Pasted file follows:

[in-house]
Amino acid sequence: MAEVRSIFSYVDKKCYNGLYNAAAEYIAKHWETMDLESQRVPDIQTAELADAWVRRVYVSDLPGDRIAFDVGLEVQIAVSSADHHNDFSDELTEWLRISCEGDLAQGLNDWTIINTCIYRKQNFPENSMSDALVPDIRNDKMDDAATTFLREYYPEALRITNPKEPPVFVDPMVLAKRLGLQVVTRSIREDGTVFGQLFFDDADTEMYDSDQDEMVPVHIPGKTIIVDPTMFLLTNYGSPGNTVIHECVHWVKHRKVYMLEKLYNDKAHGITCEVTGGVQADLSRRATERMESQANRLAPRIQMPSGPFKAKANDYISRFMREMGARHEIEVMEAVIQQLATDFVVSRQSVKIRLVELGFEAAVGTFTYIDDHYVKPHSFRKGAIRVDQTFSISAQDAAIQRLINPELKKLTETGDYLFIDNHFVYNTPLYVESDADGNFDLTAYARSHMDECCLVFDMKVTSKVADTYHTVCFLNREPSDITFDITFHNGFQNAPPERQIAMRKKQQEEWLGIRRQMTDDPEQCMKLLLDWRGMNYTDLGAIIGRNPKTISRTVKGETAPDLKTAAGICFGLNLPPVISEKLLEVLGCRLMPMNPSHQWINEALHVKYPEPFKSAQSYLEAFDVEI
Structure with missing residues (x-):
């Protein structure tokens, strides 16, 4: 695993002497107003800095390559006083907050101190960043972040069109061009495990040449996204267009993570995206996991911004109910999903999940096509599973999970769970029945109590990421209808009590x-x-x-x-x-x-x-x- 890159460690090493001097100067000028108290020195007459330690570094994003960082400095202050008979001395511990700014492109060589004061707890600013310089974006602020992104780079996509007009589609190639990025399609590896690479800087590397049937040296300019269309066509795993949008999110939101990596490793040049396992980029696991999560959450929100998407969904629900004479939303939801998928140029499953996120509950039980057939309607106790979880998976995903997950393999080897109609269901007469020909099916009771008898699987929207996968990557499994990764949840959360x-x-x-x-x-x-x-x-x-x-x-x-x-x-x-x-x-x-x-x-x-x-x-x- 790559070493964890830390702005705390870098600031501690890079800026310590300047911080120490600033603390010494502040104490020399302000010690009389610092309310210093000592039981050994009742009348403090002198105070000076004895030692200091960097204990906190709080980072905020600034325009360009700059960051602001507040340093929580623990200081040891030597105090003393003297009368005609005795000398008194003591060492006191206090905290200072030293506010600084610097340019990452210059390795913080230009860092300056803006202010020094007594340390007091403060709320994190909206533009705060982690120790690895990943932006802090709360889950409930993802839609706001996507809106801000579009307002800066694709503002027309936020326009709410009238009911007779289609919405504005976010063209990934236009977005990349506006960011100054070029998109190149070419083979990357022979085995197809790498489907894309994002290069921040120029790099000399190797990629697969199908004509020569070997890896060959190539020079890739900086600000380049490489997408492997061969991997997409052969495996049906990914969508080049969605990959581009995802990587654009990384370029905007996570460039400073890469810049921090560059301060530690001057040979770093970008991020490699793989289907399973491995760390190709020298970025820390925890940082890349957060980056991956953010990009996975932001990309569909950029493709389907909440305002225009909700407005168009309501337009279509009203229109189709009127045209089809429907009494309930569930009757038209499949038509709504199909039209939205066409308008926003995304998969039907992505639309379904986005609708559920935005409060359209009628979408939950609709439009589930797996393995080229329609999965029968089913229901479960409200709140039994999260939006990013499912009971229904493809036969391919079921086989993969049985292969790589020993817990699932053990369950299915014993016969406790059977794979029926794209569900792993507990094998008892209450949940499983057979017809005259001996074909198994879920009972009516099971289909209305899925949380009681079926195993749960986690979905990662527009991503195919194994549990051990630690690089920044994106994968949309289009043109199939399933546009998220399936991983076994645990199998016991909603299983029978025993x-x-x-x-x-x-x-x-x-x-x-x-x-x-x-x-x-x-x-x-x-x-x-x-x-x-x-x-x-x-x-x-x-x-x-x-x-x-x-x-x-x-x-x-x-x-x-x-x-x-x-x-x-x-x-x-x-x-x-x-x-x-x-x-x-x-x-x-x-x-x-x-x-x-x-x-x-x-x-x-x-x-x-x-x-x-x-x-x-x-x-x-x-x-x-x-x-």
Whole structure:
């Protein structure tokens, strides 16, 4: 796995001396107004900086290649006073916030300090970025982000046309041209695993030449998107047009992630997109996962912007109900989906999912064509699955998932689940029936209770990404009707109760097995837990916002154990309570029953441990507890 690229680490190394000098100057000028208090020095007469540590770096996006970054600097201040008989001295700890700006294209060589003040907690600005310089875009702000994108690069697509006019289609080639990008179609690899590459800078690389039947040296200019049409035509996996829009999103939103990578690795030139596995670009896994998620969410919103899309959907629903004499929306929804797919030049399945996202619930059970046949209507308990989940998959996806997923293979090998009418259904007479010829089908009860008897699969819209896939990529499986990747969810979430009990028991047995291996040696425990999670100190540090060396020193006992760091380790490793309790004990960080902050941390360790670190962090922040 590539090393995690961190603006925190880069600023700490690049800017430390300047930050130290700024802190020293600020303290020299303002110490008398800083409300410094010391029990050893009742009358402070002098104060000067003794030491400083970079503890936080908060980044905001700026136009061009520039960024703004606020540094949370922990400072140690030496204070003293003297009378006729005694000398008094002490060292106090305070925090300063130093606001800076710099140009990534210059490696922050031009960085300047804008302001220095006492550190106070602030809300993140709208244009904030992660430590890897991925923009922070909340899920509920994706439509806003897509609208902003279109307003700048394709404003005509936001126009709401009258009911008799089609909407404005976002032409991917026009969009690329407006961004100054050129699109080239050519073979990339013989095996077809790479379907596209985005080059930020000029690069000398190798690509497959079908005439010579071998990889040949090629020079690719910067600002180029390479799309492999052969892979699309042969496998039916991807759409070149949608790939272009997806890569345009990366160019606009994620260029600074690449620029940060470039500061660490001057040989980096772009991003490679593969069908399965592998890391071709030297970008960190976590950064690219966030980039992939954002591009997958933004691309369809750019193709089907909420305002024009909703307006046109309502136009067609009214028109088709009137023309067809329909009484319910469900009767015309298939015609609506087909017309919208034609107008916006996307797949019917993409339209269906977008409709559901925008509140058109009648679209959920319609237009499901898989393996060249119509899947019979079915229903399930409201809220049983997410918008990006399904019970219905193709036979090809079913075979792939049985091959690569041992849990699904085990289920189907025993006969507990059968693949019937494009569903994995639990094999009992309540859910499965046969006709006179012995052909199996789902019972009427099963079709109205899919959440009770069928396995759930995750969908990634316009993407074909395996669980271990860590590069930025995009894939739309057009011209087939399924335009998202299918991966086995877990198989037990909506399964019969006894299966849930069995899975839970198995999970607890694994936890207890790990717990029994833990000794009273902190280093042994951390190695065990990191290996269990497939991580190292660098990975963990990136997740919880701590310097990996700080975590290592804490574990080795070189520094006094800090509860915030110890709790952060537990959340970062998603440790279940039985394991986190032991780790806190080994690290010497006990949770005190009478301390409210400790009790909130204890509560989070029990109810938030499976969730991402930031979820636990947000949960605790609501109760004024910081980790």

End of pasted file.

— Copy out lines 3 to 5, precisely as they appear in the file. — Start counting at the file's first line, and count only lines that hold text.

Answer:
Structure with missing residues (x-):
């Protein structure tokens, strides 16, 4: 695993002497107003800095390559006083907050101190960043972040069109061009495990040449996204267009993570995206996991911004109910999903999940096509599973999970769970029945109590990421209808009590x-x-x-x-x-x-x-x- 890159460690090493001097100067000028108290020195007459330690570094994003960082400095202050008979001395511990700014492109060589004061707890600013310089974006602020992104780079996509007009589609190639990025399609590896690479800087590397049937040296300019269309066509795993949008999110939101990596490793040049396992980029696991999560959450929100998407969904629900004479939303939801998928140029499953996120509950039980057939309607106790979880998976995903997950393999080897109609269901007469020909099916009771008898699987929207996968990557499994990764949840959360x-x-x-x-x-x-x-x-x-x-x-x-x-x-x-x-x-x-x-x-x-x-x-x- 790559070493964890830390702005705390870098600031501690890079800026310590300047911080120490600033603390010494502040104490020399302000010690009389610092309310210093000592039981050994009742009348403090002198105070000076004895030692200091960097204990906190709080980072905020600034325009360009700059960051602001507040340093929580623990200081040891030597105090003393003297009368005609005795000398008194003591060492006191206090905290200072030293506010600084610097340019990452210059390795913080230009860092300056803006202010020094007594340390007091403060709320994190909206533009705060982690120790690895990943932006802090709360889950409930993802839609706001996507809106801000579009307002800066694709503002027309936020326009709410009238009911007779289609919405504005976010063209990934236009977005990349506006960011100054070029998109190149070419083979990357022979085995197809790498489907894309994002290069921040120029790099000399190797990629697969199908004509020569070997890896060959190539020079890739900086600000380049490489997408492997061969991997997409052969495996049906990914969508080049969605990959581009995802990587654009990384370029905007996570460039400073890469810049921090560059301060530690001057040979770093970008991020490699793989289907399973491995760390190709020298970025820390925890940082890349957060980056991956953010990009996975932001990309569909950029493709389907909440305002225009909700407005168009309501337009279509009203229109189709009127045209089809429907009494309930569930009757038209499949038509709504199909039209939205066409308008926003995304998969039907992505639309379904986005609708559920935005409060359209009628979408939950609709439009589930797996393995080229329609999965029968089913229901479960409200709140039994999260939006990013499912009971229904493809036969391919079921086989993969049985292969790589020993817990699932053990369950299915014993016969406790059977794979029926794209569900792993507990094998008892209450949940499983057979017809005259001996074909198994879920009972009516099971289909209305899925949380009681079926195993749960986690979905990662527009991503195919194994549990051990630690690089920044994106994968949309289009043109199939399933546009998220399936991983076994645990199998016991909603299983029978025993x-x-x-x-x-x-x-x-x-x-x-x-x-x-x-x-x-x-x-x-x-x-x-x-x-x-x-x-x-x-x-x-x-x-x-x-x-x-x-x-x-x-x-x-x-x-x-x-x-x-x-x-x-x-x-x-x-x-x-x-x-x-x-x-x-x-x-x-x-x-x-x-x-x-x-x-x-x-x-x-x-x-x-x-x-x-x-x-x-x-x-x-x-x-x-x-x-």
Whole structure: